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[REV 25-NOV-2014]

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81 and Still Mowing: 1955

81 and Still Mowing: 1955

My father (53) and my grandmother (73) watch my grandfather (81) mowing his lawn at his "new" house in Calpella, California; at left with trunk agape, our trusty Hudson (7). A couple years before, grandpa sold his large grape vineyard (off screen immediately to the left) that he'd ranched since about 1915. I still have a lot of memories of this house, like this, but geekily enough, also of watching TV, courtesy the gigantic TV antenna that picked up the nearest stations over 100 miles away in San Francisco. For some reason, I have a very detailed recollection of being 15 and watching the 1951 Cary Grant film People Will Talk on NBC's Saturday Night at the Movies and being utterly mesmerized by Finlay Currie's characterization of the mysterious Mr. Shunderson. Thanks to the fact that every bit of information ever is now on the Internet, I can actually pin down this memory to one of two exact dates in 1962, depending on whether it was a rerun or not. Zowie. My brother's Ektachrome slide. View full size.

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Northern Cal

I really enjoy all the wonderful photos that you share tterrace. I've especially enjoyed the old Marin Co. pics i.e. Larkspur, Greenbrae, Corte Madera, etc. Thanks for sharing.


Ahhh, "People Will Talk," one of my favorite movies! Tterrace, we seem to have more and more in common. My last surviving grandparent died last year. Ironically, he was mowing his lawn and fell off his riding lawn more and broke his hip. It is amazing to think how much life changed while he was alive.


Keeping active is the best way to health. Your grandfather shows that. My grandmother was taking aquasize classes when she was in her 80's, walked a half hour every night until she was 95 until she went into a home and died at 99. She taught me that sitting around moping about thing does do something. It makes you lazy, fat and unhappy. The old " don't complain about it unless you try to do something about it." Photos like this a prove that people like this existed.

Rising to the top

First post here. long time reader. As always an interesting glimpse into the memory files of TTerrace. The bits of childhood and teenage memory that stand out from a remove in time of 35 to 45 years is always interesting. So much goes by and is lost or submerged in the daily blur of life. Then there are those bits that rise up to the surface after many many years. Thanks TT, keep em coming.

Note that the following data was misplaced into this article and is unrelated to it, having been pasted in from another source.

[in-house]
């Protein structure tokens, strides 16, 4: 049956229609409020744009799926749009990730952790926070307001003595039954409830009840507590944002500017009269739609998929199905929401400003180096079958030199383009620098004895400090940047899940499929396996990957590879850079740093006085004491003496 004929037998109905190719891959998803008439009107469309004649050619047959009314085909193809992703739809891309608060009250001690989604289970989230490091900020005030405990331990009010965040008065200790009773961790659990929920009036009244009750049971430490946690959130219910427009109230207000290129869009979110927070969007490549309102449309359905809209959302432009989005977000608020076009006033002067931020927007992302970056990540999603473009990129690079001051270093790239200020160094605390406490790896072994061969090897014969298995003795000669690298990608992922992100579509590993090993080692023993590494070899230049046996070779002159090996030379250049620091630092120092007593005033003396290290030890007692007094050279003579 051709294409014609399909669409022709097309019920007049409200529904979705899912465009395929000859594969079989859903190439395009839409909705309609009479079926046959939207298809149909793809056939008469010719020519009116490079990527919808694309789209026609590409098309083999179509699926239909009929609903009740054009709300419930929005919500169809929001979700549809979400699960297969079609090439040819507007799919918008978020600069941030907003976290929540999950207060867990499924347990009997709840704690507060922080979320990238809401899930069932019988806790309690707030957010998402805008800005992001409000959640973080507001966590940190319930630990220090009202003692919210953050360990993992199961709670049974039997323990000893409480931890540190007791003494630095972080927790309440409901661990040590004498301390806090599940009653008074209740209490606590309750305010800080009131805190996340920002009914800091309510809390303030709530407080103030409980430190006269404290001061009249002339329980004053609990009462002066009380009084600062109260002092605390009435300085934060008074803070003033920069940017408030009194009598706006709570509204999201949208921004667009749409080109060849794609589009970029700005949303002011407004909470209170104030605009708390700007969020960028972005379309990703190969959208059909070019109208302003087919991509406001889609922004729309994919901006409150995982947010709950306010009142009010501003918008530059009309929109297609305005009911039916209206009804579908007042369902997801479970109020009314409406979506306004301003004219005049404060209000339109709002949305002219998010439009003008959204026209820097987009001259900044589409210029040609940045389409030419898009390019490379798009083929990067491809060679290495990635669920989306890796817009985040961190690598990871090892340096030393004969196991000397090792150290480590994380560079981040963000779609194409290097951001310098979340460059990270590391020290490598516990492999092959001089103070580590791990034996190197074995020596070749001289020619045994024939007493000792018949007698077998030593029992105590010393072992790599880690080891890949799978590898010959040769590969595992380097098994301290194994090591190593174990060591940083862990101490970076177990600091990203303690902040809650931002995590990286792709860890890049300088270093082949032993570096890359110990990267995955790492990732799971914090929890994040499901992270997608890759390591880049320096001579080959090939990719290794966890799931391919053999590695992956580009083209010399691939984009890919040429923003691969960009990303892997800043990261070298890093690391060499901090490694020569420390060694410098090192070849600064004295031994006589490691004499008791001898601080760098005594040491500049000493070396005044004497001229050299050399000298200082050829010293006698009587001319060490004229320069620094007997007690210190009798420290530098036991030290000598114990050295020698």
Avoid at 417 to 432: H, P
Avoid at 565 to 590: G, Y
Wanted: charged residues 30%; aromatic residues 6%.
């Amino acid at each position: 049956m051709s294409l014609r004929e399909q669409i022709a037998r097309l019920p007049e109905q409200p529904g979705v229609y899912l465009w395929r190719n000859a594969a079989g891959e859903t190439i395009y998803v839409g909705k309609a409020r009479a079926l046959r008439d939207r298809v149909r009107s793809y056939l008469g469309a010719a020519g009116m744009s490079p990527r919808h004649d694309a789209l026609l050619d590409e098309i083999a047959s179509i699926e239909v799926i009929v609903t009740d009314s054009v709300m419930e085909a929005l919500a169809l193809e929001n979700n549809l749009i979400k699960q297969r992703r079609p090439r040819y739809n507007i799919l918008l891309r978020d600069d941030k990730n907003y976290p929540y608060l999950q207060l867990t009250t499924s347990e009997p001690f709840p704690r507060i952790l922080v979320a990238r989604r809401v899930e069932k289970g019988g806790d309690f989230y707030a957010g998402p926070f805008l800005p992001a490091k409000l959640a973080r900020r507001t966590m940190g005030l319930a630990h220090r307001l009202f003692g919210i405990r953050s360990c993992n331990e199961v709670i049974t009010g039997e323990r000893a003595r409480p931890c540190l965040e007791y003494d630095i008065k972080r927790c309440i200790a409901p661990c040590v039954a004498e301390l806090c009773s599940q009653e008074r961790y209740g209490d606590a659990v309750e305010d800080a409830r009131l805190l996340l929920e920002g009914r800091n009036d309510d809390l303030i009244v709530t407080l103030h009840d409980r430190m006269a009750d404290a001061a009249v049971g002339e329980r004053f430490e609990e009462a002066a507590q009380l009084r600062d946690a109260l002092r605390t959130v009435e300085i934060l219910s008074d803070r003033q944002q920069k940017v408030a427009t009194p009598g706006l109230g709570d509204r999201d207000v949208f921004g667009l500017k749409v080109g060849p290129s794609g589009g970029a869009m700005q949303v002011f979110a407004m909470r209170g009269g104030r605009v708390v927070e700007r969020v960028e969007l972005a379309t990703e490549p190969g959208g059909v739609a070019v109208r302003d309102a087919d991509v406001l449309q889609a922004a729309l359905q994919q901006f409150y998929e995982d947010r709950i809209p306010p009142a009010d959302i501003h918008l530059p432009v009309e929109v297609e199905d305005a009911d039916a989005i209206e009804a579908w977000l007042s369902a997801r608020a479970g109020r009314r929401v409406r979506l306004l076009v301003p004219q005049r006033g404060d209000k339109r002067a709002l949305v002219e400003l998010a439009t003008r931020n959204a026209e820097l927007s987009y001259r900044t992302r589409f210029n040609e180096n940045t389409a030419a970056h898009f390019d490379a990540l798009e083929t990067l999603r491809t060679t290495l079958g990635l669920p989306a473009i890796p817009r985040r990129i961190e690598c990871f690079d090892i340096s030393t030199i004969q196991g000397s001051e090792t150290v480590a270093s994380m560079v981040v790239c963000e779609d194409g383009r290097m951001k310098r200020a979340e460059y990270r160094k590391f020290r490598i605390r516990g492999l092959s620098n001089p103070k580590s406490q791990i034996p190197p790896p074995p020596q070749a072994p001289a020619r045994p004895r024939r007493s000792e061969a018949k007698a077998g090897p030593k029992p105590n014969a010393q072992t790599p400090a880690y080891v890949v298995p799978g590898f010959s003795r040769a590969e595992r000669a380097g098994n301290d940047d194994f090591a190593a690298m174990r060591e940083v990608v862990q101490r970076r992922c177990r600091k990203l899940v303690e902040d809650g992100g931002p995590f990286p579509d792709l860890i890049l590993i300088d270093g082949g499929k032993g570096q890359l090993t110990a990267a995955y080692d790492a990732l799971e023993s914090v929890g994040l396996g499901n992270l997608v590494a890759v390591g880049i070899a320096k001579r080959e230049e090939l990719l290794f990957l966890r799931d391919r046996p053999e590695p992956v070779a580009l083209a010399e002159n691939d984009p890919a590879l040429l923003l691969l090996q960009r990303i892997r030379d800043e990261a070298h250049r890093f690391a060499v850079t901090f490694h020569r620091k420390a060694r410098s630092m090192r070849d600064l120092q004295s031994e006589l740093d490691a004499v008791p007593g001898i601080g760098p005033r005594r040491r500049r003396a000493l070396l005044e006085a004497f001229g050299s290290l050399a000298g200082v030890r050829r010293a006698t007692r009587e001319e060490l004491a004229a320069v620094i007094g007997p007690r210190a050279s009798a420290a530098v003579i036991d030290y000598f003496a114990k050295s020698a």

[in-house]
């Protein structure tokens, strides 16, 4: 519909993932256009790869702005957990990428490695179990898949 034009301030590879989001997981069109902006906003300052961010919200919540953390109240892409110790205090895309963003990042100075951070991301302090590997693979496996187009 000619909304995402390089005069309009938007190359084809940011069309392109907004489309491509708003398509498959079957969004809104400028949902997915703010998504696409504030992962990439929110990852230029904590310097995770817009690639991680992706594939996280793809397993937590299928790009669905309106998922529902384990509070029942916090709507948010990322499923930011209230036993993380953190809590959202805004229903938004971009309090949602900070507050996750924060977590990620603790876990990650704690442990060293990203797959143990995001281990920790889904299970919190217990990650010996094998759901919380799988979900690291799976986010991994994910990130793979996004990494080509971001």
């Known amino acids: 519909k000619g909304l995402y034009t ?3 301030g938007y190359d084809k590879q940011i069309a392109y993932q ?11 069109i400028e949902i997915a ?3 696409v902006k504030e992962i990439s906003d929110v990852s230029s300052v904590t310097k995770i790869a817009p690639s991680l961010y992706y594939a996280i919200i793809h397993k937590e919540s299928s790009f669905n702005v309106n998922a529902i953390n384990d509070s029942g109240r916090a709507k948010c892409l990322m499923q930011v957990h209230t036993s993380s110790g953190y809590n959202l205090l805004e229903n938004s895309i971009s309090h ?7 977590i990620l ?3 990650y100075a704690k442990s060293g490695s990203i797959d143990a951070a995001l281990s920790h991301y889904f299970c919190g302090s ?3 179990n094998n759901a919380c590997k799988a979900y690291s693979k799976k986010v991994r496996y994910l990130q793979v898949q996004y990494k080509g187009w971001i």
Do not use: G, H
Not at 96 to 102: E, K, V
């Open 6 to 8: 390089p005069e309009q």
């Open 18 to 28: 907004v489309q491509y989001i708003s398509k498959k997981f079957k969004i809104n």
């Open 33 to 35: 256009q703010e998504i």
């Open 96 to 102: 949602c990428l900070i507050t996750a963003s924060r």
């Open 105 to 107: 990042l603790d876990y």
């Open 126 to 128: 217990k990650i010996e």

Grandpa's lawn today

Good old antenna technology

Luckily we had a motorized antenna rotator back in the pre-cable days.
Usually pointed south to catch the Fresno stations but at night reception improved enough we could get KTVU Channel 2 out of Oakland and sometimes other channels.

Your grandfather reminds me of my neighbor across the street. 79 and active, just now going to be fully retired from his job.

That Mediterranean Diet

Something in their lifestyle obviously kept your grandparents in really healthy condition well into their old age and I bet they took very few pharmaceuticals, if any. More likely it was PLENTY of good wine, fruits, vegetables, seafood and sociability along with not shirking hard work. (The "use it or lose it" theory.) I notice there are NO handrails on either set of entryway stairs, no ramps, no grab bars. To be 81 in 1954 and still self-sufficient bodes well for you and your siblings since good genes are also a major factor in longevity. Your photos are priceless and nostalgic and they all strike a chord in most of us. Live long and prosper "T".

Are we there yet?

tterrace, does the house still exist? Can you pinpoint it on Google Maps?

81 and Mowing

that's amazing!!!!

TV Markets

Depending on any terrain obstructions, and if the antenna had a rotator, the stations from the closer Sacramento market might have been viewable there as well as SF's. Our 1955-57 TVs there only had VHF so 4, 5, 7, 9 and 13 (they moved it from Mt. Diablo shortly after we left) were it. Consistent DTV (mostly UHF now) reception over those ranges presents a formidable challenge, though some short-lived favorable conditions do occur.


Wow! Does this picture ever bring back the memories. My grandparents had one of those old push mowers, and by the time I was twelve, it was my job to push it up and down the backyard. I was so excited when my dad finally bought a power mower.

Marching Steadily Backwards

Today, with the so-called advancements of digital television, the over-the-air reception of television broadcasts from 100 miles away is no longer possible.

The antenna is great.

However, I'd like to see your grandmother's kitchen.

Modern History

It amazes me, how fairly modern this photo appears, and to think, your grandfather whom you knew personally was born in 1874. I am now 40. In our family, six generations span back to 1796. I loved hearing my great grandmother talk of her childhood. She was 10 in 1905 and passed at 95. It is difficult to imagine someone's life spanning from before cars to landing on the moon and/or playing video games, etc. I think, many times, we do not truly appreciate the great wealth of knowledge present around us as children (by way of our grandparents) until long after they are gone. In any case, this is a great photo. I can just picture myself going in, when the lawn is done, cooling off with a cold beer with your dad and grand-dad and listening to a game the radio.. or arguing about those darned Communists down in Cuba.

SHORPY OLD PHOTO ARCHIVE | History in HD is a vintage photo archive featuring thousands of high-definition images from the 1850s to 1960s. (Available as fine-art prints from the Shorpy Archive.) The site is named after Shorpy Higginbotham, a teenage coal miner who lived 100 years ago.

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